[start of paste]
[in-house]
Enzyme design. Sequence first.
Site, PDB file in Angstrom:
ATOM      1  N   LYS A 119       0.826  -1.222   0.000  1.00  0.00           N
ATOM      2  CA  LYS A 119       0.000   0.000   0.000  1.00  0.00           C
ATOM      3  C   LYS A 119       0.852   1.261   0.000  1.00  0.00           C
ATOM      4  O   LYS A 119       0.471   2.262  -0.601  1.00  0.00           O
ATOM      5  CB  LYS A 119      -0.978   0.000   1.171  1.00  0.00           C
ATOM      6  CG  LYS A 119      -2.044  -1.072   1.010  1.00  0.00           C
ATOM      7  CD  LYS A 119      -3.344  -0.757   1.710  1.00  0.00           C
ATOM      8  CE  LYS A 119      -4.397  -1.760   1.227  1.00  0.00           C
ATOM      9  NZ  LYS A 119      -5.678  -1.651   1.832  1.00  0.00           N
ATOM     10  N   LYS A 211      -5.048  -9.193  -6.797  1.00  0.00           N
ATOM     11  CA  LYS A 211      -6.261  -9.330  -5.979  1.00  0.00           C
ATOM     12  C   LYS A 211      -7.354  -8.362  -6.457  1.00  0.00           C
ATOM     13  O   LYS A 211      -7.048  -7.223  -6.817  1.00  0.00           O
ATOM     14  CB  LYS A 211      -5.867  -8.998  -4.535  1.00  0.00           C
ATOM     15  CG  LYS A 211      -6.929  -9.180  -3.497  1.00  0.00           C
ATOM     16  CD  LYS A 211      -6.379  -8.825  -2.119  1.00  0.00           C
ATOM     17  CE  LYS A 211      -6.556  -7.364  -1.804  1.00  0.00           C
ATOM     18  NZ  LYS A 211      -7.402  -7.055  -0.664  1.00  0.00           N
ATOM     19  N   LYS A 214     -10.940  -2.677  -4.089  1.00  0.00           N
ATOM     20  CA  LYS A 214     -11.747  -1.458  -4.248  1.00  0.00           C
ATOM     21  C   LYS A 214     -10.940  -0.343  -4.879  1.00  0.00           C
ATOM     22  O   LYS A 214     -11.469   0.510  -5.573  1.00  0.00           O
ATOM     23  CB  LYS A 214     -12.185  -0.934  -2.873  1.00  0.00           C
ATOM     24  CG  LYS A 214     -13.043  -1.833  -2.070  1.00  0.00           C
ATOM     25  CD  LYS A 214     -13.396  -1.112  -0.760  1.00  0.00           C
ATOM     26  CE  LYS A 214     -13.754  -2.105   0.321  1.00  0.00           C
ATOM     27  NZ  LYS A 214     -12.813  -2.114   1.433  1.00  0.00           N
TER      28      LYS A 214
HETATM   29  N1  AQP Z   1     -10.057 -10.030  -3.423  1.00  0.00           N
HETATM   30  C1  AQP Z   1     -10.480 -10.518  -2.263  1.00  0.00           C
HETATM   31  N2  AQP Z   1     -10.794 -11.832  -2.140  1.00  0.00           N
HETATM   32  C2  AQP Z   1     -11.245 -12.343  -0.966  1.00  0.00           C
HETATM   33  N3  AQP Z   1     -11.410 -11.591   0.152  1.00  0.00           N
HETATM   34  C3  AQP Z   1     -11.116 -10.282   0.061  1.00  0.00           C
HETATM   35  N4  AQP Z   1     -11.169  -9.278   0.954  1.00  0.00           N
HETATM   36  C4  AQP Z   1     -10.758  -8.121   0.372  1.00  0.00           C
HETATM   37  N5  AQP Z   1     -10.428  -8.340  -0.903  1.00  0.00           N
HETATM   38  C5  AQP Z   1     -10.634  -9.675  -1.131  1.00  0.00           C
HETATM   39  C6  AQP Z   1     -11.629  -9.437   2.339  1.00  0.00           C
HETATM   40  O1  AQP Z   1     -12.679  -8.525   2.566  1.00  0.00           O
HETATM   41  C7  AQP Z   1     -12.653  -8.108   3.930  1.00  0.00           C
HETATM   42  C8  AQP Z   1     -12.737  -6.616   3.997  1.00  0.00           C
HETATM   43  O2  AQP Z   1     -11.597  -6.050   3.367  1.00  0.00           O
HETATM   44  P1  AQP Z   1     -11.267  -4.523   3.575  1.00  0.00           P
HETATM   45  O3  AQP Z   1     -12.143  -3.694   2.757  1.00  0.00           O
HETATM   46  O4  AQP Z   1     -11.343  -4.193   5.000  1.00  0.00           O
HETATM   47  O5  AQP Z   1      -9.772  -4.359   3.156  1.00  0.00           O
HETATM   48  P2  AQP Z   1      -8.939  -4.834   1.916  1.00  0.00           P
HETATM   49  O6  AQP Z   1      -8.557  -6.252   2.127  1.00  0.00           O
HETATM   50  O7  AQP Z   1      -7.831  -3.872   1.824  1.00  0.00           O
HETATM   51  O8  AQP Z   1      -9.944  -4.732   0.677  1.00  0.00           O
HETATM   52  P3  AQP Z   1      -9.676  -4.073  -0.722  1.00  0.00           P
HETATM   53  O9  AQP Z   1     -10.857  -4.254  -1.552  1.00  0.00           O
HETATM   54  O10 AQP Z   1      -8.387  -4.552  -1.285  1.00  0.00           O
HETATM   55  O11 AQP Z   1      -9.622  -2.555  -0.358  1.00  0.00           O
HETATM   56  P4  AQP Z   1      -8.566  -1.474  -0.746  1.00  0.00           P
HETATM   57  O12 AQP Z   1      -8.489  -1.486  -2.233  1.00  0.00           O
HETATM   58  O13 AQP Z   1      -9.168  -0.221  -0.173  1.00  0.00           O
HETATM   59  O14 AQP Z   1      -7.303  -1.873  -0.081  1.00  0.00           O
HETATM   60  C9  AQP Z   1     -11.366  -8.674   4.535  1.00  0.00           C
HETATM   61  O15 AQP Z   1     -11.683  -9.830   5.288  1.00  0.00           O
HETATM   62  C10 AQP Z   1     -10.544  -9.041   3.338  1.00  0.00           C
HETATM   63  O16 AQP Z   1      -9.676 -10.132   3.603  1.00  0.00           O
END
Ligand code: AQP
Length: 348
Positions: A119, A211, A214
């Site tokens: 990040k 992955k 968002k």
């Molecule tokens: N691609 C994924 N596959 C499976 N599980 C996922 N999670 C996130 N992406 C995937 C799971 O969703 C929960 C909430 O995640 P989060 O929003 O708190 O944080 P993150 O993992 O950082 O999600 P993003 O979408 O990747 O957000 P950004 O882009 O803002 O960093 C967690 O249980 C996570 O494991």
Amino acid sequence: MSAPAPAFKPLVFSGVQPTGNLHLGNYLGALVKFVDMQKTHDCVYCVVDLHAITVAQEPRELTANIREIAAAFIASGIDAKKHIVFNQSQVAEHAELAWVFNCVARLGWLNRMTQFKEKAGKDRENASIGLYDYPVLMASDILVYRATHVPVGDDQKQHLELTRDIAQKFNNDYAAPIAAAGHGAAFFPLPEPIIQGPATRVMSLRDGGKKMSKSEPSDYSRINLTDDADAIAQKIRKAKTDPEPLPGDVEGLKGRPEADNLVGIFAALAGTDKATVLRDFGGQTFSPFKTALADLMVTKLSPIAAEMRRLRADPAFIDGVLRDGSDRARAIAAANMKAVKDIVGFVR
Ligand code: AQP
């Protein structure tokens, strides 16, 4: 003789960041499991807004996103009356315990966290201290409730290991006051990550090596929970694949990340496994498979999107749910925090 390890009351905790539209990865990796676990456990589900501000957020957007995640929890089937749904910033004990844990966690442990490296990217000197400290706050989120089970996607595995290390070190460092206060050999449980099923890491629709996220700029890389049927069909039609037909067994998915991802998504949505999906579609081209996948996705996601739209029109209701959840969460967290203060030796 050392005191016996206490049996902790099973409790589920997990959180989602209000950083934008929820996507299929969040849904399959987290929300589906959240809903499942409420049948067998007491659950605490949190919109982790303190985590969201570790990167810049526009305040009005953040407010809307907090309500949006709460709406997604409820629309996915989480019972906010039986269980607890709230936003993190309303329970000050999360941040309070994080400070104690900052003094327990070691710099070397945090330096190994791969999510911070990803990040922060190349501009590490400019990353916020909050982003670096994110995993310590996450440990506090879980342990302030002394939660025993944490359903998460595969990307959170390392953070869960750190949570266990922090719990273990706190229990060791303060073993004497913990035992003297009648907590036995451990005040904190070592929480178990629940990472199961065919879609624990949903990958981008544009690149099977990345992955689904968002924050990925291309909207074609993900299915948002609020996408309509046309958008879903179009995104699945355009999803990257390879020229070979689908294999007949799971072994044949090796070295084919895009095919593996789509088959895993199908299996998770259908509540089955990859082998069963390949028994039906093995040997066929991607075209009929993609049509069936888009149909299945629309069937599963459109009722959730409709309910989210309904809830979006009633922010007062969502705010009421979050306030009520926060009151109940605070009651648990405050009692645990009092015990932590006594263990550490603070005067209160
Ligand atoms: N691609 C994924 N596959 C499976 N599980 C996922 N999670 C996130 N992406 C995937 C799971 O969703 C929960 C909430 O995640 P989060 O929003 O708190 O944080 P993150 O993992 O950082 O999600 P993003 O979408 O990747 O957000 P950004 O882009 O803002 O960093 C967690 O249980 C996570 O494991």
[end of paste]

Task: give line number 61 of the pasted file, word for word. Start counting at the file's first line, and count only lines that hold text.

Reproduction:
HETATM   58  O13 AQP Z   1      -9.168  -0.221  -0.173  1.00  0.00           O